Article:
Guimarães presented the “2030-2050 Vision – The Future of Forests and Agriculture in Brazil,” developed by the movement with input from various sectors. “There is a clear correlation between protecting the rainforest in Brazil and our competitive advantage to supply food for the world,” said Guimarães.
REN Peng presented COFCO International case study for nature-based solutions (NBS) in the soybean traceability chain.
MA Aimin underscored the importance of working together – as it happens in the Brazilian Coalition – between representatives of civil society and business sectors for the growth of the nature-based solutions market, pointing out that the next five years will be critical for increasing the NBS instruments, expanding coverage regions and regional initiatives, as well as establishing a system for funding and incentives. “NBS could be the solution to protecting biodiversity in key areas,” he said. He also highlighted the importance of working on different NBS themes, such as forest management, and restoration of marine ecosystems.
In his turn, CHEN Guangcheng presented the conservation case of the Chinese mangrove regions, which were severely degraded in the 1960s for agricultural activities. Degradation continued between the 1980s and 2000s for aquaculture activities, as well as urbanization from the 1990s. Despite the pressure for degradation, conservation programs also began in the 1980s. The first Mangrove National Reserve was founded in Hainan, southern China’s 2,500-acre peninsula. Today in the country, a total of nearly 16,000 hectares of mangrove swamps are under protection in 52 protected areas and 28 nature reserves, placing China among the 10 nations that most protect mangrove areas in the world. In 2018, when hosting the annual event of The Blue Carbon Initiative, the country launched a commitment, with the title of “The Weihai Declaration”, reaffirming its position to collaborate in the formation of a “blue carbon” network, the one captured by costal and ocean ecosystems, and with scientific research on this topic.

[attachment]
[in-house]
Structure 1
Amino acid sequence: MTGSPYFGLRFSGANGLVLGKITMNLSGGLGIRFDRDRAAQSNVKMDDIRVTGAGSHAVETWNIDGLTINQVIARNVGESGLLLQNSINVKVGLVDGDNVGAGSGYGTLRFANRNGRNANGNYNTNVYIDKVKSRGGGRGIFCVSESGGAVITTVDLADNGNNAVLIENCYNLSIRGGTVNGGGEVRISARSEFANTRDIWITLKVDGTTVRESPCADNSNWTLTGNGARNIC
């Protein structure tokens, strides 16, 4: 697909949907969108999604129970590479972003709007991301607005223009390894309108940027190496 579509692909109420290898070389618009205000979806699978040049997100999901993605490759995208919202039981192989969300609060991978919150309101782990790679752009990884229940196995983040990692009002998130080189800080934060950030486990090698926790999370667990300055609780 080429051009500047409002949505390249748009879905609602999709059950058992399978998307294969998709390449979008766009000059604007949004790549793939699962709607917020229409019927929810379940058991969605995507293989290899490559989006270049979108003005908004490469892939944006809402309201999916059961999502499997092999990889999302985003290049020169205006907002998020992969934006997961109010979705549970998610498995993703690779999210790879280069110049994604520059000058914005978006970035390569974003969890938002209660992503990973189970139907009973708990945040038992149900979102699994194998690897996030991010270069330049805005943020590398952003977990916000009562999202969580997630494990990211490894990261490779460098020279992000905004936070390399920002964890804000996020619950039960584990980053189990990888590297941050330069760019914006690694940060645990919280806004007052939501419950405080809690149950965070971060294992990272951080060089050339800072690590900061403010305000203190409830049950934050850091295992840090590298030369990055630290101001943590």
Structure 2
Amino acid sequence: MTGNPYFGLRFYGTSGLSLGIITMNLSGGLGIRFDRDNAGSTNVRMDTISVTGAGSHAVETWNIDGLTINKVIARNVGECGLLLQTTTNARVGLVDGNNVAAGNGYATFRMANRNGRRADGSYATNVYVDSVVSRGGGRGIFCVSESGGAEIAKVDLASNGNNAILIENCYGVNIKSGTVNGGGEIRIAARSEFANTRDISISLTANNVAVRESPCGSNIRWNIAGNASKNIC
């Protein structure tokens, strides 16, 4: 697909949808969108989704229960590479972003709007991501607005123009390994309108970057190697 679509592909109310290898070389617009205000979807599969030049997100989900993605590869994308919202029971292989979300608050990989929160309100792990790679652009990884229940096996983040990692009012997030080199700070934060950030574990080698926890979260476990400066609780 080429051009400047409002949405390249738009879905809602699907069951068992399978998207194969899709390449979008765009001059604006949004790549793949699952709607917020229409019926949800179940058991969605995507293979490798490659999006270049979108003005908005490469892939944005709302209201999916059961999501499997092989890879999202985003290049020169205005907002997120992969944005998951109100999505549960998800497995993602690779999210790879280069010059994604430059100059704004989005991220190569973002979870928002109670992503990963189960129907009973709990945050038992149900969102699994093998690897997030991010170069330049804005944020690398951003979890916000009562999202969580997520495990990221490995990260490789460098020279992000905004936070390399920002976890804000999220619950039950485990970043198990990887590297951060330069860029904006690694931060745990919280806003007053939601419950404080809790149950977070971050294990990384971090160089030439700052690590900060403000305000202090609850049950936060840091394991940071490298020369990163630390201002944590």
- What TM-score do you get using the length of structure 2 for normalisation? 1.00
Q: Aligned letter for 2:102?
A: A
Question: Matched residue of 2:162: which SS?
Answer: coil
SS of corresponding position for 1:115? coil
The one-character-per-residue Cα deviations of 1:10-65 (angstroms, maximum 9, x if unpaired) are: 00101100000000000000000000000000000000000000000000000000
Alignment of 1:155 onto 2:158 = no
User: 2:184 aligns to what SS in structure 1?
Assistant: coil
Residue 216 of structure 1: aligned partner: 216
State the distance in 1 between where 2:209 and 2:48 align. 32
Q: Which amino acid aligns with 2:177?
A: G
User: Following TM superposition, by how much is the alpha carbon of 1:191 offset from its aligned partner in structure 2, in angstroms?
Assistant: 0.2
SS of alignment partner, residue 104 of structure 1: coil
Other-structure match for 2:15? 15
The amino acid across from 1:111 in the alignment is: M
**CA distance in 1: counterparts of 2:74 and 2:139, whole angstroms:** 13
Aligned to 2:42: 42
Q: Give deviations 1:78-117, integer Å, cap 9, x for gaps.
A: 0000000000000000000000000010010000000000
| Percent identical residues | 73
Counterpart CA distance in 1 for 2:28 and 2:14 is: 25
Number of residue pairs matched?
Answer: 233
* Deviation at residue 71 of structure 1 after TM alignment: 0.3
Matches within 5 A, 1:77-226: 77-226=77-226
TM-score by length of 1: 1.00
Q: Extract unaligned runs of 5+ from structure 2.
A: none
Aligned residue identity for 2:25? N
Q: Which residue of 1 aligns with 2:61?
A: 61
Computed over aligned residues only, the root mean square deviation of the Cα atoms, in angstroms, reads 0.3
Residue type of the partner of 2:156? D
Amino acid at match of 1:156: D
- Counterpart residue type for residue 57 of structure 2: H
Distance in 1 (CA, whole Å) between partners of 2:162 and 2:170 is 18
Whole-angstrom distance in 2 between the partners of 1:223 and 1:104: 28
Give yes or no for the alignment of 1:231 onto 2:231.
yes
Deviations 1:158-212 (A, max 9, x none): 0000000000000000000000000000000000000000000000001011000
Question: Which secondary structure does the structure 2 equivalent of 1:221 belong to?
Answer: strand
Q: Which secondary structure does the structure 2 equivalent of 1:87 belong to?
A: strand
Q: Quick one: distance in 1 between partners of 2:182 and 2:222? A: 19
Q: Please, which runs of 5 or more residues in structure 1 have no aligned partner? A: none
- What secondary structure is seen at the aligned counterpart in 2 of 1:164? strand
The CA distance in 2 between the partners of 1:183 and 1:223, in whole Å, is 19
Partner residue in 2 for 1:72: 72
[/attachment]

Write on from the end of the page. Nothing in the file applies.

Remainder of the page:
Secretary-General SU Haiyin also presented China’s practices for establishing a timber legality verification system. According to 2017 data, the country moves 12% of the volume of trade in forest products in the world, being the 1st in importation and the 5th in exportation. In this regard, China has been working with company certification and standards to verify the legality of timber, with guidelines for identifying and mitigating the risk of illegal timber, as well as auditing suppliers. Also, the government has been working, according to Haiyin, in cooperation with countries such as the United States and Australia, and partners such as GEI China and BVRio, from Brazil, to combat illegal exploitation and trade. “This event was important to initiate an official Coalition dialogue with China, where we plan to be in 2020 at the Conference on Biological Diversity (CBD),” said Guimarães. Next year, organizations will develop a conference work plan for October 2020.